Prepping Your Home's HVAC Equipment for Storms

September 06, 2016

It feels like storm season is every season. Spring arrives with rain storms and tornadoes, while summer starts the hurricane season. Before the Atlantic hurricane season comes to a close in November, snowfalls are upon the north. Most recently the floods wreaked havoc on our family in Louisiana. The welfare of your family during hazardous storms should always take priority. But even as the winds die down and the rain dries up, you still want to make sure that your home and family are safe. Here are some recommendations for preparing your home’s cooling and heating equipment for storm season.

Secure Your Air Conditioning

Your outdoor air conditioning equipment should be installed on a concrete pad and properly attached to prevent the air conditioner from going up in the air or washing away over the course of a storm. If you reside in a climate that generates hurricanes, it may be critical to fasten your AC with hurricane straps to protect the system from high winds. Ask your professional technician about anchoring your home’s AC during your AC Tune-up.

Stop the Surge

You can’t actually prevent the surge that often occurs during a storm, but you can safeguard your Heating, Ventilation and Air Conditioning (HVAC) equipment from it. Put in a high-quality surge protector where any sizable appliances, like a furnace, are plugged into a standard wall outlet, to automatically shut down your heating system if there’s an increase in the line voltage. This will help safeguard the electrical components in your heating and air conditioning equipment that the power surge could hurt. Remember to never touch any electrical components, and seek expert help if you are not familiar with using surge protectors properly.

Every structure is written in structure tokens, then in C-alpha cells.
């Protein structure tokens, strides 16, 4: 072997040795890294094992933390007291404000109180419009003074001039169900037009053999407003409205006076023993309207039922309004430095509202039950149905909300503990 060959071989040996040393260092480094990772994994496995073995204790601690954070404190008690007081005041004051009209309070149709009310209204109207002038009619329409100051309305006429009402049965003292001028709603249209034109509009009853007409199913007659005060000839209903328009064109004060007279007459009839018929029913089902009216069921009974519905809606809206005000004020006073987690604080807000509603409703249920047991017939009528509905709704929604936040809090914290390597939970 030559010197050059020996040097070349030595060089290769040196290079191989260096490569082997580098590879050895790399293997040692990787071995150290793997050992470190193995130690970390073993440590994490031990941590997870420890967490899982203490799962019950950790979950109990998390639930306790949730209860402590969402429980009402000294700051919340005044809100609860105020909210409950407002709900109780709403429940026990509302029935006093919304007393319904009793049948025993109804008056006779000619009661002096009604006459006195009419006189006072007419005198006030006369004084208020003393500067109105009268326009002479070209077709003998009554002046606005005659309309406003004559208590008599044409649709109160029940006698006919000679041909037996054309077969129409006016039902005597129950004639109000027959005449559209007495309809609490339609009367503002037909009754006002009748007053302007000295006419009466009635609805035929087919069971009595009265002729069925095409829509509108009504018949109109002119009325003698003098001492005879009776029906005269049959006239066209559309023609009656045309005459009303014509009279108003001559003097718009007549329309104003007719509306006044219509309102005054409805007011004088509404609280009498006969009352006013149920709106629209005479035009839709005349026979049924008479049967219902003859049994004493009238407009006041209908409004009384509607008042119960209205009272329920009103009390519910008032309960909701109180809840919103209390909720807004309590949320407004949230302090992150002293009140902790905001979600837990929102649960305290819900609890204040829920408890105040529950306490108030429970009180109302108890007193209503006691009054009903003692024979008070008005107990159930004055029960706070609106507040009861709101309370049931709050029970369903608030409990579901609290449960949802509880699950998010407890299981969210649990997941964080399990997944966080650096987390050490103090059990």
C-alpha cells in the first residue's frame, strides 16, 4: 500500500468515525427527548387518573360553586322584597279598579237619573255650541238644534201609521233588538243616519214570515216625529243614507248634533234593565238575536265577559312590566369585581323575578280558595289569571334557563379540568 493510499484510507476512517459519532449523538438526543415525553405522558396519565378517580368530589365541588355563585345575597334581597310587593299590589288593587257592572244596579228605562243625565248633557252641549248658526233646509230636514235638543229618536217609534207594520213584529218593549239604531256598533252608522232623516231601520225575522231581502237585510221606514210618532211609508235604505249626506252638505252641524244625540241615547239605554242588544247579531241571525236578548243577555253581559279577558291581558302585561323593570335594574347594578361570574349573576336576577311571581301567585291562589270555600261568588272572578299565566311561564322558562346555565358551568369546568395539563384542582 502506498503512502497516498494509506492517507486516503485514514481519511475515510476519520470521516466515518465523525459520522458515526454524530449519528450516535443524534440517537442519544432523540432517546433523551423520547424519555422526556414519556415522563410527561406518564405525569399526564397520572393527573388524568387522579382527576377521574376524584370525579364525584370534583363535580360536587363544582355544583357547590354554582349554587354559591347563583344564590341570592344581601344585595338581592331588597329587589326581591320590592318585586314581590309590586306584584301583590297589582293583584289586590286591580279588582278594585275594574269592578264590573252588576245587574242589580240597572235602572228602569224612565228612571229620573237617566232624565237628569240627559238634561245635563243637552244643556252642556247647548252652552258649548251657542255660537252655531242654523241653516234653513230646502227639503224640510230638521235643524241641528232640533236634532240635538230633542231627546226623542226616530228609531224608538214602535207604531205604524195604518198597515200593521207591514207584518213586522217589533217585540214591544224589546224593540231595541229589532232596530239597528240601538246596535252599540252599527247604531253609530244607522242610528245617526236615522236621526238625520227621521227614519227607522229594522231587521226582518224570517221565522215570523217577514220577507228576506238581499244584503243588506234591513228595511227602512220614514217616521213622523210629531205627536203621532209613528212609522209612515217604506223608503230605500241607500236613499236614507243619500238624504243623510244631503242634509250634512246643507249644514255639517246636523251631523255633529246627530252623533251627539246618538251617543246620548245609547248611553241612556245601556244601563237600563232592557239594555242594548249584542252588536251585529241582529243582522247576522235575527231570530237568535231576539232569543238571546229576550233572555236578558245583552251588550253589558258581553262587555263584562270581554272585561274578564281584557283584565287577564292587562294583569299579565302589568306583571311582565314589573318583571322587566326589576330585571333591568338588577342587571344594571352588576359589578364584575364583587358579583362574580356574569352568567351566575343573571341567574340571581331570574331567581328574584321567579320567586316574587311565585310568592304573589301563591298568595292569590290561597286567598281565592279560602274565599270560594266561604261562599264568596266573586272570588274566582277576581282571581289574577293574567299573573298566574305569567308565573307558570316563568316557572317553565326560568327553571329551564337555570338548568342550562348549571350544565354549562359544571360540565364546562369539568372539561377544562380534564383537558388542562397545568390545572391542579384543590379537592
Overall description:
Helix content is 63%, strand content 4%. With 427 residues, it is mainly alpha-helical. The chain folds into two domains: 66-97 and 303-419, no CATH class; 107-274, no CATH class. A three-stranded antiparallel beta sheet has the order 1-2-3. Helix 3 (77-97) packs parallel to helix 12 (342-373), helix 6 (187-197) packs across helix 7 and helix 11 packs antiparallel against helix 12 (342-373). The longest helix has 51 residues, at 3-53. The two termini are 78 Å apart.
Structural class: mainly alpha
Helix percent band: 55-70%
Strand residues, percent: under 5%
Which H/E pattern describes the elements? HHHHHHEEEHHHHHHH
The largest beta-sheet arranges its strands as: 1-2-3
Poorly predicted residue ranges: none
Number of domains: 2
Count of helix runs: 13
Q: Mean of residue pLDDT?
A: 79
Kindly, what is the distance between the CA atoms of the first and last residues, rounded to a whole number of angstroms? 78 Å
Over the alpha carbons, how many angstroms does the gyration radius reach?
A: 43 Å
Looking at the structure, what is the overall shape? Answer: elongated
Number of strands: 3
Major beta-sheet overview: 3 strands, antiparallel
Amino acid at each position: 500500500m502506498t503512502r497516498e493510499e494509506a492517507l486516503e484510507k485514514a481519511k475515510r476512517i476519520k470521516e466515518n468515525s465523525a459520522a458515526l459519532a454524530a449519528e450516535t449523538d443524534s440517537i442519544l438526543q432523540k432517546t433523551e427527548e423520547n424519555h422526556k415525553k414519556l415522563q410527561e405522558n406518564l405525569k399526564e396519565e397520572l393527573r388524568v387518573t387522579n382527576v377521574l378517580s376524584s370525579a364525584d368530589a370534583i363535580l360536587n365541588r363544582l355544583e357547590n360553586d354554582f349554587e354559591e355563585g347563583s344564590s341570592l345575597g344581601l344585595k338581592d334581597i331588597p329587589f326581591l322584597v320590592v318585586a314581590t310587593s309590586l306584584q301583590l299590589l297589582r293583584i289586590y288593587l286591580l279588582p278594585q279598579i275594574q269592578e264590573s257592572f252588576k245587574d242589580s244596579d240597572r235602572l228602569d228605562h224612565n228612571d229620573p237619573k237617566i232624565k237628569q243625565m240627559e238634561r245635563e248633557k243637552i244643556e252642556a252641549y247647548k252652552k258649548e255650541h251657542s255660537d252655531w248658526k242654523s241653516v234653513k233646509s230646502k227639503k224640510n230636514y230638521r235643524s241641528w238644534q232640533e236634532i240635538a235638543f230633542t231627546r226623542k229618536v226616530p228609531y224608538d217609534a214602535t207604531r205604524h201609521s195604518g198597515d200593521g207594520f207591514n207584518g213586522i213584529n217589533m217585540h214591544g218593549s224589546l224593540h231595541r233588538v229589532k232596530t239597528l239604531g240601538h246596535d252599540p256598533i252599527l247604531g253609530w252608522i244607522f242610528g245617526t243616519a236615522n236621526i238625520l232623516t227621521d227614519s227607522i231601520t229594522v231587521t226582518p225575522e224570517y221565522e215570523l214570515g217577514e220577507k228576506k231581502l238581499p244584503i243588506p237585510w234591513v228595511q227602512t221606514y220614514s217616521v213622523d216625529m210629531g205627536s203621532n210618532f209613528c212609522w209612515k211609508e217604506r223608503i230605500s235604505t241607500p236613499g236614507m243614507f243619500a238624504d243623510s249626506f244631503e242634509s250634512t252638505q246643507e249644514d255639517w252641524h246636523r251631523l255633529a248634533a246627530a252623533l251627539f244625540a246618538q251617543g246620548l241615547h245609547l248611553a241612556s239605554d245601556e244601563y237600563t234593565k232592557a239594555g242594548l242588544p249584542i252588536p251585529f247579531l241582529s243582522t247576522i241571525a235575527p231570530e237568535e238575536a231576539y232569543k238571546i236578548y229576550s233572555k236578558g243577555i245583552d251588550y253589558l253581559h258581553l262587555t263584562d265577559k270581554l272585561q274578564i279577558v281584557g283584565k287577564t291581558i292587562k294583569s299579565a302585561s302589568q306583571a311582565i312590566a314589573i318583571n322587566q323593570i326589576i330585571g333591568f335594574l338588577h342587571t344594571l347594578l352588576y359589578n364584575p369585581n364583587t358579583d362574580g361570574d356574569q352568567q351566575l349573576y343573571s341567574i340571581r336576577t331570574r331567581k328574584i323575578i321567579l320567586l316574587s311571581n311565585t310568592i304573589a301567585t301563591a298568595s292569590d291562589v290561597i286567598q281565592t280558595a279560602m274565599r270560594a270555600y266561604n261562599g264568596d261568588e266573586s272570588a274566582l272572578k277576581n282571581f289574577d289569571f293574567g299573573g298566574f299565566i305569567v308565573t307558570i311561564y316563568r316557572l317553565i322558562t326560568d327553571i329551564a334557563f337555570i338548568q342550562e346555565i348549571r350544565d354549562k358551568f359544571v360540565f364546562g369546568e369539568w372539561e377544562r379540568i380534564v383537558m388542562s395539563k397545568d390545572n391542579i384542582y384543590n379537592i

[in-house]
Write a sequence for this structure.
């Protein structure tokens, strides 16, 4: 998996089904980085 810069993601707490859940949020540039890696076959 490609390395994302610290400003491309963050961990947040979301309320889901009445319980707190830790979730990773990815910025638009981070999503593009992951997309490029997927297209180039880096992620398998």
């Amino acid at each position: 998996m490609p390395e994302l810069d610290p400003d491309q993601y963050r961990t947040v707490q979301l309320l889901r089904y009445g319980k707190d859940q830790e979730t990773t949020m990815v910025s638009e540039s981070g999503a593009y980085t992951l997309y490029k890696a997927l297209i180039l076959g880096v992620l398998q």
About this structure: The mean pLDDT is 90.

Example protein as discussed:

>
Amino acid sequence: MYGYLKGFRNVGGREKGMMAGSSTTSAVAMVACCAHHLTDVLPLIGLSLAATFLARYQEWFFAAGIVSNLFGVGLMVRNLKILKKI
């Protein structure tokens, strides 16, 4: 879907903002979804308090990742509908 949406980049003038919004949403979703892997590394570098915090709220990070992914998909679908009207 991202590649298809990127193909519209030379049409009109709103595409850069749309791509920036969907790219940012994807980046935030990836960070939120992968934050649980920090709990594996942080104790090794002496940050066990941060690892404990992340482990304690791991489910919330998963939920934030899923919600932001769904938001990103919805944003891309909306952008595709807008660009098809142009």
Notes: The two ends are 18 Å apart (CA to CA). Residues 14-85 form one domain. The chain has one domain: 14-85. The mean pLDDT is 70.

Provide Cover

You and your family need to acquire shelter first and foremost, but if time allows, shut down your heating and cooling system and cover the outside equipment with a tarp. Before you turn your system back on after the storm, you must remove the tarp and remove any debris.

This, Too, Shall Pass

Once the storm is over, make sure the system is safe before turning your heating and cooling system back on. First, confirm there are no signals of damage and get rid of any debris from around the equipment. Try to check and verify there is no apparent harm to any of the refrigerant or electrical lines running from your AC. Call 405-432-2197 for an equipment inspection if appears there has been any damage or flooding to the system. Once you’ve had the equipment checked by a technician to ensure safe function, turn the heating and cooling system back on immediately to help dry the home and limit mold from getting into your equipment or ductwork.

If there was any damage to your equipment, check out these tips on What To Do If Your Air Conditioning System Experiences Flooding or Hail Damage and then call Gordon's Service Experts and ask about our membership options to help keep your heating and cooling system in working order all year long.

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